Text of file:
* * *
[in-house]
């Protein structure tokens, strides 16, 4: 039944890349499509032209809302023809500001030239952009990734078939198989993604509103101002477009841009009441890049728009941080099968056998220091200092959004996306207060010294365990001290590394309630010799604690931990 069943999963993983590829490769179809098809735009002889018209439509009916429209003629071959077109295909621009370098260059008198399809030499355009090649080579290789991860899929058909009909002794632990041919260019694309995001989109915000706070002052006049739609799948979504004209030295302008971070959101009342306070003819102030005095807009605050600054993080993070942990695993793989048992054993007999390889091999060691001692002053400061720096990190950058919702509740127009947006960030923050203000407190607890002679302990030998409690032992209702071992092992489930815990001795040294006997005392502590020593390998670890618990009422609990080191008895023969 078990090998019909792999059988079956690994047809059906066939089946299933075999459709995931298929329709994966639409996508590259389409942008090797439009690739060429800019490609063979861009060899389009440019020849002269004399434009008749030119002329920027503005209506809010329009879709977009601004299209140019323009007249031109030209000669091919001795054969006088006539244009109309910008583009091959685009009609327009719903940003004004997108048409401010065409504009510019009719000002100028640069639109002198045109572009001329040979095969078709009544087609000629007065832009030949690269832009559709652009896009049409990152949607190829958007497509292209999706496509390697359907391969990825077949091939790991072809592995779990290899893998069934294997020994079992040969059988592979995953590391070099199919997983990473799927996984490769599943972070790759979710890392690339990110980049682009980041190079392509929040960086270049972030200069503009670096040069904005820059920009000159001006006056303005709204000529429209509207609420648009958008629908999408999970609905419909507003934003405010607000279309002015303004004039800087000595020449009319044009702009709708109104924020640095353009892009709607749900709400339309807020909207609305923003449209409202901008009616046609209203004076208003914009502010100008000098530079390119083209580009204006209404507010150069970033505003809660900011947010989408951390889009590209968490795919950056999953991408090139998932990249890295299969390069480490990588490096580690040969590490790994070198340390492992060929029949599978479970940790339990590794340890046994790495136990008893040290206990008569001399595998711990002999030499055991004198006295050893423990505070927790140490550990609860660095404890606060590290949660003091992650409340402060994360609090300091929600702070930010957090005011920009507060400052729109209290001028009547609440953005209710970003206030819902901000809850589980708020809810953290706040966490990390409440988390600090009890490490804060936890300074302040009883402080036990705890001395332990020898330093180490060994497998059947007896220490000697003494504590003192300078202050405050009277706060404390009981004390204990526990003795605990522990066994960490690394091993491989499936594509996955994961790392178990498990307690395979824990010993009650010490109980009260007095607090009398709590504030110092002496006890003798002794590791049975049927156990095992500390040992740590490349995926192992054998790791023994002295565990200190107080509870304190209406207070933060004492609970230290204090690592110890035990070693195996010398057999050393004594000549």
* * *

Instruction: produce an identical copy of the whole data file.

[in-house]
């Protein structure tokens, strides 16, 4: 039944890349499509032209809302023809500001030239952009990734078939198989993604509103101002477009841009009441890049728009941080099968056998220091200092959004996306207060010294365990001290590394309630010799604690931990 069943999963993983590829490769179809098809735009002889018209439509009916429209003629071959077109295909621009370098260059008198399809030499355009090649080579290789991860899929058909009909002794632990041919260019694309995001989109915000706070002052006049739609799948979504004209030295302008971070959101009342306070003819102030005095807009605050600054993080993070942990695993793989048992054993007999390889091999060691001692002053400061720096990190950058919702509740127009947006960030923050203000407190607890002679302990030998409690032992209702071992092992489930815990001795040294006997005392502590020593390998670890618990009422609990080191008895023969 078990090998019909792999059988079956690994047809059906066939089946299933075999459709995931298929329709994966639409996508590259389409942008090797439009690739060429800019490609063979861009060899389009440019020849002269004399434009008749030119002329920027503005209506809010329009879709977009601004299209140019323009007249031109030209000669091919001795054969006088006539244009109309910008583009091959685009009609327009719903940003004004997108048409401010065409504009510019009719000002100028640069639109002198045109572009001329040979095969078709009544087609000629007065832009030949690269832009559709652009896009049409990152949607190829958007497509292209999706496509390697359907391969990825077949091939790991072809592995779990290899893998069934294997020994079992040969059988592979995953590391070099199919997983990473799927996984490769599943972070790759979710890392690339990110980049682009980041190079392509929040960086270049972030200069503009670096040069904005820059920009000159001006006056303005709204000529429209509207609420648009958008629908999408999970609905419909507003934003405010607000279309002015303004004039800087000595020449009319044009702009709708109104924020640095353009892009709607749900709400339309807020909207609305923003449209409202901008009616046609209203004076208003914009502010100008000098530079390119083209580009204006209404507010150069970033505003809660900011947010989408951390889009590209968490795919950056999953991408090139998932990249890295299969390069480490990588490096580690040969590490790994070198340390492992060929029949599978479970940790339990590794340890046994790495136990008893040290206990008569001399595998711990002999030499055991004198006295050893423990505070927790140490550990609860660095404890606060590290949660003091992650409340402060994360609090300091929600702070930010957090005011920009507060400052729109209290001028009547609440953005209710970003206030819902901000809850589980708020809810953290706040966490990390409440988390600090009890490490804060936890300074302040009883402080036990705890001395332990020898330093180490060994497998059947007896220490000697003494504590003192300078202050405050009277706060404390009981004390204990526990003795605990522990066994960490690394091993491989499936594509996955994961790392178990498990307690395979824990010993009650010490109980009260007095607090009398709590504030110092002496006890003798002794590791049975049927156990095992500390040992740590490349995926192992054998790791023994002295565990200190107080509870304190209406207070933060004492609970230290204090690592110890035990070693195996010398057999050393004594000549």